There have been a lot of recent developments related to the Paycheck Protection Program (PPP) loans and related loan forgiveness.
I’ve been spending a large percentage of my time on these issues, and I want to provide you an update to ensure you are aware of the issues and how they might impact your firm. If your firm has applied for or received a PPP loan, likely you have been following the press and you are aware of some of these issues.
Here are the top three issues, as I see them (in no particular order):
- SBA definition of loan necessity
As I noted in our last blog post, on April 23, the Small Business Administration (SBA) issued a new Frequently Asked Question (FAQ) #31 to further define its position with regard to necessity of the loan. The full text of the FAQ can be found at the SBA’s website.
- IRS position on deductibility
I’ll start by noting that A/E Clarity and our related CPA firm, D. L. Purvine, CPA, PLLC, do not provide tax advice or perform tax services. Please consult your tax advisor. Last week, the IRS issued Notice 2020-32 which notes, in part “no deduction is allowed under the Internal Revenue Code (Code) for an expense that is otherwise deductible if the payment of the expense results in the forgiveness of a covered loan under section 1106(b) of the Coronavirus Aid, Relief, and Economic Security Act (CARES Act)”. This, in effect, makes the loan forgiveness taxable. Note that certain members of Congress and industry groups are seeking to change this ruling through additional legislation.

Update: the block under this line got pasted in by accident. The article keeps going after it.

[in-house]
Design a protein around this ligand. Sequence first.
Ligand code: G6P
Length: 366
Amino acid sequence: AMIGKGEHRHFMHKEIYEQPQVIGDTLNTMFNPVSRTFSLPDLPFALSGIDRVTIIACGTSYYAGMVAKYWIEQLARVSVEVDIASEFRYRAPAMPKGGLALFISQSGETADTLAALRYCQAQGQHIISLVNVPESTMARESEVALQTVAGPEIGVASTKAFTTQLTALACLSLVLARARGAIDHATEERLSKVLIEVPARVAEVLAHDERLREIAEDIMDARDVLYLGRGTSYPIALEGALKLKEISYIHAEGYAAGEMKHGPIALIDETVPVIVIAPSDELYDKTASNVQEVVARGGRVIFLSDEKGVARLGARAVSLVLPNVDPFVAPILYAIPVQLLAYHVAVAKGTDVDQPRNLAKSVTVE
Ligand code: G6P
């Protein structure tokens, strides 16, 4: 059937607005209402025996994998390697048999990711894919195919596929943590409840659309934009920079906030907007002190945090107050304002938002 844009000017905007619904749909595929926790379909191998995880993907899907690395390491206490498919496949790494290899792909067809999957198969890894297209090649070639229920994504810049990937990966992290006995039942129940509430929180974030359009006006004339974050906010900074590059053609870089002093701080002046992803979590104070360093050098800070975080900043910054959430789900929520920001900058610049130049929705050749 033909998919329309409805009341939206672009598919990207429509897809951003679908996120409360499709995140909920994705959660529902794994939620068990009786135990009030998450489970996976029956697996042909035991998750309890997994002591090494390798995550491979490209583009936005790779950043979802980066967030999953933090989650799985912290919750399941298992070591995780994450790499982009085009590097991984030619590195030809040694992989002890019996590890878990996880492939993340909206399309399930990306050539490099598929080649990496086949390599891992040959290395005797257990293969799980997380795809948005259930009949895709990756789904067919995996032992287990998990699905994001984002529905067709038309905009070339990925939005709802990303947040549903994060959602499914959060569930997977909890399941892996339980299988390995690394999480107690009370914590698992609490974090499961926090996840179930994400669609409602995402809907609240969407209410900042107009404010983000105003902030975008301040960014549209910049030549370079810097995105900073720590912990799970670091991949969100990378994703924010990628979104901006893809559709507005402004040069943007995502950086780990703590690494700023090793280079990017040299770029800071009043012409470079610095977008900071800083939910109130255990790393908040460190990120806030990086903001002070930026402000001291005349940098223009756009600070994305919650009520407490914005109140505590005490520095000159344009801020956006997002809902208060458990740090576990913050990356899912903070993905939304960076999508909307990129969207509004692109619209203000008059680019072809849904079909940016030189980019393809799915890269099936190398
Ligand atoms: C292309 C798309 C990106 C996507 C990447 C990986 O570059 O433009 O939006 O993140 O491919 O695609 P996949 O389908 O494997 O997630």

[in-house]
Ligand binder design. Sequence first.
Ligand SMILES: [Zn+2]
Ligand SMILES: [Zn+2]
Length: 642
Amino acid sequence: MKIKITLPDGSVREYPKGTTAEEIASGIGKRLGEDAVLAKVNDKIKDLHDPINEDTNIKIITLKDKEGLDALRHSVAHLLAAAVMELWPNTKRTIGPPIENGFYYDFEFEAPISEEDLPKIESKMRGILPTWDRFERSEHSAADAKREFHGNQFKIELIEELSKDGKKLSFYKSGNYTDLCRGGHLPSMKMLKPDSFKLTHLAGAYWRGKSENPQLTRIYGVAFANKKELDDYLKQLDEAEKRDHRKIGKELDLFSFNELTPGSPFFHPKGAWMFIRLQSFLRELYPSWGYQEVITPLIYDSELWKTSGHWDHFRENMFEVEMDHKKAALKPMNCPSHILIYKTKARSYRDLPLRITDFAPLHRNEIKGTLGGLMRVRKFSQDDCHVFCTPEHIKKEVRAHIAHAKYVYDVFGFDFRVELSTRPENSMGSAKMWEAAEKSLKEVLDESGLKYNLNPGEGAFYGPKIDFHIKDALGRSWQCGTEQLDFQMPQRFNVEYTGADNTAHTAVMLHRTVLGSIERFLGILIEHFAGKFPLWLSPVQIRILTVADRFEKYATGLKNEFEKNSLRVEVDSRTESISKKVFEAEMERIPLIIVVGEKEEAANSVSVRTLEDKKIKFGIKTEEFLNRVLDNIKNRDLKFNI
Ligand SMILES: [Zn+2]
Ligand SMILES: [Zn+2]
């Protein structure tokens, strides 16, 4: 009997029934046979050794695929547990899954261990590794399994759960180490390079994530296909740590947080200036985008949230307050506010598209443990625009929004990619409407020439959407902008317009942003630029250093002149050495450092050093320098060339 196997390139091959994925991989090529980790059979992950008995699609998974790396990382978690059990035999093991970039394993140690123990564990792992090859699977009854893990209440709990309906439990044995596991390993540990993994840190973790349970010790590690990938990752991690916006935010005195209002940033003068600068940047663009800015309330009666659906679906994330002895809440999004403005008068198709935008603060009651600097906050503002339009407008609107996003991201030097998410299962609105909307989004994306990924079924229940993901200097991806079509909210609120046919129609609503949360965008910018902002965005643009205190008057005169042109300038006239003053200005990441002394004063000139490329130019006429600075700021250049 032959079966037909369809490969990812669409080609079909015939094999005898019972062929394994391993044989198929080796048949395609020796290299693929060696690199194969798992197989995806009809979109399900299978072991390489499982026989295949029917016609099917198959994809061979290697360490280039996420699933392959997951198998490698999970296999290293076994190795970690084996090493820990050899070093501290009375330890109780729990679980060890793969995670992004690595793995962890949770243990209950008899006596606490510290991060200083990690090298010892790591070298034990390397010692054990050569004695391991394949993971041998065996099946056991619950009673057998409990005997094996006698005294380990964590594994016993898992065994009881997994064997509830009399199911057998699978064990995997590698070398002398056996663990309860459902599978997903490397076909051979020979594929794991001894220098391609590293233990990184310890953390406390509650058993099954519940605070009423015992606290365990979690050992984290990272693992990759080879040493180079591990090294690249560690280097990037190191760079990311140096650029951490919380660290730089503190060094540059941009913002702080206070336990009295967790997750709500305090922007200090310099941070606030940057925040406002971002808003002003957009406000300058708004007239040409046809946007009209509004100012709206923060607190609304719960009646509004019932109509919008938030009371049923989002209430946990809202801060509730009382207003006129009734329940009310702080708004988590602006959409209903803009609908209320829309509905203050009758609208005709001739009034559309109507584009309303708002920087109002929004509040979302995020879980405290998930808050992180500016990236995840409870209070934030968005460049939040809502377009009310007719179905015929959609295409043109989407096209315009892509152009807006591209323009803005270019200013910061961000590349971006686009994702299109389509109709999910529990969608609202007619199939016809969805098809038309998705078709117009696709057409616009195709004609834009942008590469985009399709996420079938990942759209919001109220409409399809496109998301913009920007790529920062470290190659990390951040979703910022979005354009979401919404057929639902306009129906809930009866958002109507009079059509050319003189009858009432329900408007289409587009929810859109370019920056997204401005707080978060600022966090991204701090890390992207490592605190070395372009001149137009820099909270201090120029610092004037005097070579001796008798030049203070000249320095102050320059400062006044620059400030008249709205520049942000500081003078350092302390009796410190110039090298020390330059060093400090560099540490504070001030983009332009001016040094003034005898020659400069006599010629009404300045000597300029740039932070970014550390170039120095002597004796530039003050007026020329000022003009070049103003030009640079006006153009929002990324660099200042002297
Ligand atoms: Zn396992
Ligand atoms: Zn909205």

- Potential impact on overhead rates
It is possible that any loan forgiveness received under a PPP loan will result in a credit to a firm’s overhead rate to the extent the loan proceeds were used to pay allowable overhead expenses, through the application of FAR 31.201-5 Credits. The Department of Defense (DOD) has already taken that position. ACEC is actively working to achieve more favorable treatment of the loan forgiveness, both from the standpoint of impact on overhead rates and tax deductibility of the expenses. There is a large group actively engaged in these issues. It’s not possible to know at this time what the ultimate outcome will be, but I feel it’s important at this point to make you aware of the issue.
For A/E firms that have either applied for or received PPP loans and will seek loan forgiveness, it is possible that the combined effects of items 2 and 3 could have a net negative impact (less net cash flow rather than more) as a result of the PPP loan forgiveness, rather than a net positive impact. The ultimate impact will depend on the resolution of those two items. It’s important for you to examine the possible effects of both issues in making decisions regarding pursuit of these loans and loans forgiveness.
I will post updates on this and other topics as we learn more – please check the blog on our website for any new information. If you have any questions, please email me at email@example.com.